We are so conditioned to think of Israel as a part of the Middle East, we often forget that, geographically, it is a part of Asia. And we certainly do not give a lot of thought to the fact that there are Jewish communities in parts of Asia other than Israel. Probably, this is because, of the 13-14 million Jews in the world, 80% of them live in the United States and Israel. They grow up there, they go to college there, and they fashion their adult lives there.

Current Jewish Populations in Other Asian Countries – Some Interesting Data

A 2014 report of world Jewish populations has indicated that, among the 40,000 Jews currently living in Asia, there are really two types of Jewish populations.

  1. There are traditional Jewish communities, small but long-term, most commonly found in Azerbaijan, Uzbekistan, Kazakhstan, and Georgia. There also remains a Jewish population in Iran, although it is largely older, as younger Jews have emigrated to either Israel, the U.S. or to some of the more modern countries of Asia.
  2. There are small but growing populations of Jews in Southeast Asia, S. Korea, and Japan (currently only 1,000). In China, including Hong Kong and Macao, the Jewish population now numbers 2500, but that is an increase over past years. And India is seeing a rise in Jewish emigres as well. And one of a continually rising group of Jews in Asia are students who have chosen to study abroad in Asian colleges and universities.

Reasons for the Rise in Interest of Jews in Modern Asian Countries

Recently, there has been a substantial amount of overtures between Israel and modern Asian countries in cooperation and collaboration, relative to mutual business and financial interests. With this new era of cooperation, Jewish businessmen and entrepreneurs are spending more time in India, China, Japan, Malaysia, and South Korea, as partnerships are being formed. Young people are observing this and considering what opportunities may lie ahead for them as they consider future career choices. And, as a result, they are choosing to take up their university studies in some of the established higher education institutions in the more developed nations of Asia.

Life for Jewish Students in Asian Universities

As foreign students, Jewish young people face all of the same challenges and cultural “shocks” that any other student studying abroad. These include the following:

  1. Obvious language barriers. This challenge is somewhat alleviated because English is spoken so commonly, but there are still issues. And Israeli students, just like those from any other country coming to Asia, must become pretty “quick studies” if they are to experience a culture outside of the university.
  2. Finding local opportunities to be a part of a Jewish community of students. Foreign students from many other countries have been traveling to Asia to study for years. And there are student associations on campus that have been well established, so that they have a solid support group of individuals from their home countries. Jewish students do not have this support, because there are still so few of them. Feelings of isolation can be impactful for a young person in a strange land without fellow comrades in the same situation.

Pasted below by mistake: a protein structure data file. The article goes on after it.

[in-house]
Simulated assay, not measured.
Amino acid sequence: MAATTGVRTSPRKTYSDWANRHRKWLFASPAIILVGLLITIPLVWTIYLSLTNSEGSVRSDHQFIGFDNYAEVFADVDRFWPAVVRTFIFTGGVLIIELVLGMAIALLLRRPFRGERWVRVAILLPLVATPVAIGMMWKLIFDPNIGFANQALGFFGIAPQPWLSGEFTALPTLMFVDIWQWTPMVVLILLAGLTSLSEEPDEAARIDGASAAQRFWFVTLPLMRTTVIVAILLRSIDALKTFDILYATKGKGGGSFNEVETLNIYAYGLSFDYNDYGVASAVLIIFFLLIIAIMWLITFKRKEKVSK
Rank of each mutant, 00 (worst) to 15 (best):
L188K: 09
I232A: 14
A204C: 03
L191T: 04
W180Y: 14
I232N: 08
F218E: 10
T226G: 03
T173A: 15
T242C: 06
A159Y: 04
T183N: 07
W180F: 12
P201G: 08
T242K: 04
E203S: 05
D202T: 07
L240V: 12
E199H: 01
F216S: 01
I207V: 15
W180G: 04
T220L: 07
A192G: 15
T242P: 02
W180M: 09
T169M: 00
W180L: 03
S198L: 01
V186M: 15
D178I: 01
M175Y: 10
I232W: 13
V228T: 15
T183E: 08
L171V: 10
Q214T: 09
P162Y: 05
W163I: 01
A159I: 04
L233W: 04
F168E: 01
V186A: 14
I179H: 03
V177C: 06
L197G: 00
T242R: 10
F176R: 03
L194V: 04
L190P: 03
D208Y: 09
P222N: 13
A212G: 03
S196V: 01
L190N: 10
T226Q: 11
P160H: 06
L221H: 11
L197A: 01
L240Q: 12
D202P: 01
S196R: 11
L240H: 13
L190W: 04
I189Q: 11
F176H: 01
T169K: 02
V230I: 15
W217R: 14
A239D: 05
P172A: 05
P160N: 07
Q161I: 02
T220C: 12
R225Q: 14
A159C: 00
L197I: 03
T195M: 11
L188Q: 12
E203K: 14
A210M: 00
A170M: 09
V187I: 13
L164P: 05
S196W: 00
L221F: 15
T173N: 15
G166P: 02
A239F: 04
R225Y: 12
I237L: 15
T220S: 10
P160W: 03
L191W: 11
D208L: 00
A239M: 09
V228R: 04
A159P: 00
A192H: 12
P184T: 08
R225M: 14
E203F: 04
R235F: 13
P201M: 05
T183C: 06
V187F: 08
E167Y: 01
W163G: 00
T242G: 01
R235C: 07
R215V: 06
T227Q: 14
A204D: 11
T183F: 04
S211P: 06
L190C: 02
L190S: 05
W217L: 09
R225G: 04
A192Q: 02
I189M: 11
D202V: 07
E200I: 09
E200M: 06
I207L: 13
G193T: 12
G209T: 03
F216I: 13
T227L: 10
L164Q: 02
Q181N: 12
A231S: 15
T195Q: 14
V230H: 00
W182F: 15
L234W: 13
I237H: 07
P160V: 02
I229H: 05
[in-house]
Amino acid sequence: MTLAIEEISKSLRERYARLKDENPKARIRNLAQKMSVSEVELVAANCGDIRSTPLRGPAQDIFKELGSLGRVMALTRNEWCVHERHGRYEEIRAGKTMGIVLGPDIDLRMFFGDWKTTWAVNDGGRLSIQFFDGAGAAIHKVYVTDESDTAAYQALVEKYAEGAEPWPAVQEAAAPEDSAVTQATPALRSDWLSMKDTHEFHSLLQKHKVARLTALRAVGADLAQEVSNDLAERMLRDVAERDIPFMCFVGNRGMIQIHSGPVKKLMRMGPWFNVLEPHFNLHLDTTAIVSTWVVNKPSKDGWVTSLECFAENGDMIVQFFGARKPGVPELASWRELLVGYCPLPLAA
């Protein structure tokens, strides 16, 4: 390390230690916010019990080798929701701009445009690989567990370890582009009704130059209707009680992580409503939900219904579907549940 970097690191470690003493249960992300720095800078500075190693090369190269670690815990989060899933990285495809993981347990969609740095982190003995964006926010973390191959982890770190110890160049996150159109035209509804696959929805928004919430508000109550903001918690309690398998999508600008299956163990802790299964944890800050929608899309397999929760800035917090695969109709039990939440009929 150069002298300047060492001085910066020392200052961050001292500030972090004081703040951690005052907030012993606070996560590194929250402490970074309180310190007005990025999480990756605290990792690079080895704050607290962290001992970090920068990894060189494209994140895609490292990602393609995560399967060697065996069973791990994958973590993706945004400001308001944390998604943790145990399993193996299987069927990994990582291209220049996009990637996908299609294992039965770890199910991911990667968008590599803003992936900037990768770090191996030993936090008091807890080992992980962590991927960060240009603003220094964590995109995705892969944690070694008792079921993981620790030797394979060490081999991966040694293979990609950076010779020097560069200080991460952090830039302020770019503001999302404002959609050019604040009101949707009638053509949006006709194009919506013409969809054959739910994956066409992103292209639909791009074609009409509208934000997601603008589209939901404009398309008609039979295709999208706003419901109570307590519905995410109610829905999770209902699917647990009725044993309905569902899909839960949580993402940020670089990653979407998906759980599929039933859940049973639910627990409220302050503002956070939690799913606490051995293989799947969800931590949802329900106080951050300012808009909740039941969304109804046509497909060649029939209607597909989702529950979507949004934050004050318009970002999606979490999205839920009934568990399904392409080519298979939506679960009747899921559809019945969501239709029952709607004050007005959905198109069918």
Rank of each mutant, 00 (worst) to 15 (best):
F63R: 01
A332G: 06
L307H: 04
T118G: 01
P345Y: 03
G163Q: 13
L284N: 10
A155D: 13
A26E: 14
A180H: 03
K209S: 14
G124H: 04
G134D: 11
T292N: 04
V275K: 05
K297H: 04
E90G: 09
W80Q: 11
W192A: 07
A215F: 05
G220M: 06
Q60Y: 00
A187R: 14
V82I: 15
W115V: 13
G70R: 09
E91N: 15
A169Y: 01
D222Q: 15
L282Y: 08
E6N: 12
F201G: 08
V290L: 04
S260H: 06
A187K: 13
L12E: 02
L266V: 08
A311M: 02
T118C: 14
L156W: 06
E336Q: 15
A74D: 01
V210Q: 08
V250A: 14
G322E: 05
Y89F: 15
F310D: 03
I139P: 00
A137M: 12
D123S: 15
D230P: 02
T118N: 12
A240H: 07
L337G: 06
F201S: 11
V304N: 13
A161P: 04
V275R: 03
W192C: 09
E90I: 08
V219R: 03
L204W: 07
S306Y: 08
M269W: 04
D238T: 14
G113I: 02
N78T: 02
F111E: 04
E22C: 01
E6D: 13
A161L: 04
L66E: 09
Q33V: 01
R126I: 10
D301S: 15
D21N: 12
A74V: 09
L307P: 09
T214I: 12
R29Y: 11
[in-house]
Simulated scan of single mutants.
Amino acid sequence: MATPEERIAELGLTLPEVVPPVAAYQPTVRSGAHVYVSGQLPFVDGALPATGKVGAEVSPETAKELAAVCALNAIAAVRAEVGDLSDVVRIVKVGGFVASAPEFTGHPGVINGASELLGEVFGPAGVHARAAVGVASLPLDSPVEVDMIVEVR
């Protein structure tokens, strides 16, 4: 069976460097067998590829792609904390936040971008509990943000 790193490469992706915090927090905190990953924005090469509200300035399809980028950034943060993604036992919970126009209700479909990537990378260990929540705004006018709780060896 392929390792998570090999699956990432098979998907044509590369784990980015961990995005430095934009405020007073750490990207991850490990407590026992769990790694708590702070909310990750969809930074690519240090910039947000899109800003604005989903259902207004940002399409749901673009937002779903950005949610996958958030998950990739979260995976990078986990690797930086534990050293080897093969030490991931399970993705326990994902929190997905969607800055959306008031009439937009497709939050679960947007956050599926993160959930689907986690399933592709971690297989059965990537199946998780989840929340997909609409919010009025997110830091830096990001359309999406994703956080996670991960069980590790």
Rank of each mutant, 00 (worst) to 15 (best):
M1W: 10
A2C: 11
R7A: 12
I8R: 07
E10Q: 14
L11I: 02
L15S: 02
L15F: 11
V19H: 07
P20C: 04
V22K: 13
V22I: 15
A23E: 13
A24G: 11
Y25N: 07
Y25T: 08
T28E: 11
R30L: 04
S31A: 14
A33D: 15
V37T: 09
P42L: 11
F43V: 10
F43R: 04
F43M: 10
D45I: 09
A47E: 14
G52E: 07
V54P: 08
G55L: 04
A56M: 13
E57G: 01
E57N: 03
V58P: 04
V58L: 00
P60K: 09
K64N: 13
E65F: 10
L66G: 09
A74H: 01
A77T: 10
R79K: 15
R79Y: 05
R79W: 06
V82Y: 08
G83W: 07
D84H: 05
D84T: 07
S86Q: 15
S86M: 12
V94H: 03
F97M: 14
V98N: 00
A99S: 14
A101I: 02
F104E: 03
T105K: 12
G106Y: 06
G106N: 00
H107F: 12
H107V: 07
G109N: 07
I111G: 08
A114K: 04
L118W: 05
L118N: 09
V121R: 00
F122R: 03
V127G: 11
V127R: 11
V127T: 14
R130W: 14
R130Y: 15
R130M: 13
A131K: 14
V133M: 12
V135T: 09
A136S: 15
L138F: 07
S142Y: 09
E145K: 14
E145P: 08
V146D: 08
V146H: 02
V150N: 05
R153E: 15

3. Finding synagogues and local Jews with whom to practice their faith is indeed a huge challenge. Fortunately, in the major cities of Asian countries, there are at least small communities of local Jews, and connecting with them is really of critical importance.
  4. Reception of Jewish students in Asian colleges and universities has been a real plus. There is a strong and pervasive belief among Asians that Jewish people are smart, and they welcome Jewish students into their educational communities. So far, Jewish young people have not disappointed. They are motivated and studious and anxious to learn.
  5. Jewish students are about 2 years older than their counterparts in Asian universities, because of their required army service. This does not, however, seem to be a drawback in any way. If anything, Jewish students are more mature and more ready to take on the rigorous challenges of being foreign students.
  6. Food can sometimes be an issue, given the dietary restrictions of Jews, particularly those students who are orthodox. However, there are plenty of great fresh fruits and vegetables available which of course provide healthy eating. And fortunately, Indians eat no meat, and Orientals consume lots of chicken and seafood.

The “Draw” of Asian Universities Will Continue to Grow

Jewish young people have two primary reasons for choosing Asian universities:

  1. Because Israel has adopted the European model of higher education, Israeli universities, while outstanding, offer targeted programs in a chosen major from day one. Many students are coming to see that there is value in some liberal arts coursework which will expose them to other cultures and prepare them for the globalization that is to come. Israel has only one liberal arts college.
  2. Young people are looking ahead to careers that will involve partnerships and collaborations with foreign countries. They want to be prepared for the many career opportunities that will present themselves.